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Vladimir Putin calls up 150,000 men for military service – but they won't fight in Ukraine

Russian President Vladimir Putin signed a new decree calling up 150,000 men for military service.

This is part of the regular conscription campaign happening twice a year in Russia, a document shared on the website of the Kremlin shows.

All Russian men are required to serve one year of compulsory military service, and there are approximately 1.32 million active military personnel and two million reserve military personnel in the country, according to data shared by Statista.

Many Russians go to great lengths to avoid being handed conscription papers during the call-up periods.

To make avoiding the draft more difficult, the Russian Parliament approved in April last year legislation which allows military officials to no longer rely on physical documents to summon people to the draft office but, rather, to do so via an online state services portal already widely used for taxes.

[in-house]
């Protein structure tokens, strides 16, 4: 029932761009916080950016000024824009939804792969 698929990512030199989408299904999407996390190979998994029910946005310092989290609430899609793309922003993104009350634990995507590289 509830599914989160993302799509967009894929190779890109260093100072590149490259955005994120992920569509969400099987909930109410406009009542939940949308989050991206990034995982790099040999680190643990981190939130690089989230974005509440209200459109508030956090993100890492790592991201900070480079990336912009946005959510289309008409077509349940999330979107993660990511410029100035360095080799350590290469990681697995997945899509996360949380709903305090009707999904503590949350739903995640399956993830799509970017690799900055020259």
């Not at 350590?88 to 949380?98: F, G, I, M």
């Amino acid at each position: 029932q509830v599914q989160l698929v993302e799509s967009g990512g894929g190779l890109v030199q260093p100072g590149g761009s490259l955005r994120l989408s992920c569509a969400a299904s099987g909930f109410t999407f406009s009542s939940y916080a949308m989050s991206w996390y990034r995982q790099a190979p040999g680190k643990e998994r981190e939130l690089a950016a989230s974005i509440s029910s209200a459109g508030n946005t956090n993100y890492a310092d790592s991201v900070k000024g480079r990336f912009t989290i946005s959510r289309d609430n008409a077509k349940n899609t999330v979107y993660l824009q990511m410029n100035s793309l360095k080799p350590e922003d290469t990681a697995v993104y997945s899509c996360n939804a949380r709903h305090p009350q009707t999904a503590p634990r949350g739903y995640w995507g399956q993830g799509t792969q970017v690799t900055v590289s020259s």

Russian MPs also increased fines for those who fail to show up at an enlistment office after getting the draft notice.

The bill, which came into force on October 1 last year, states that men trying to escape the draft can be fined up to £250 (30,000 roubles) – 10 times the previous maximum fine.

The Russian Defence Ministry previously tried to assure conscripts they would not be sent to the front in Ukraine – as people carrying out their year-long draft can’t legally be deployed to fight outside of Russia.

However, some conscripts were sent to the front in error following the partial mobilisation enforced by Putin in September 2022.

Moreover, soldiers who have completed their basic training are given the option to volunteer to take part in the ongoing “special military operation” – as the invasion of the eastern European nation is still addressed in Russia – with many feeling pressured to sign up.

This conscription campaign is the first happening since the pool of men who can be called up to serve has been widened by law.

The Russian Parliament voted in July to raise the maximum conscription age from 27 to 30, and the legislation came into effect on January 1.

Prior to this bill, all healthy men in Russia aged between 18 and 27 had to serve a year of military service.

In September, during the last autumn conscription campaign, Putin signed an order calling up 130,000 people.

During the spring call up in 2023, Russia planned to conscript 147,000 men.


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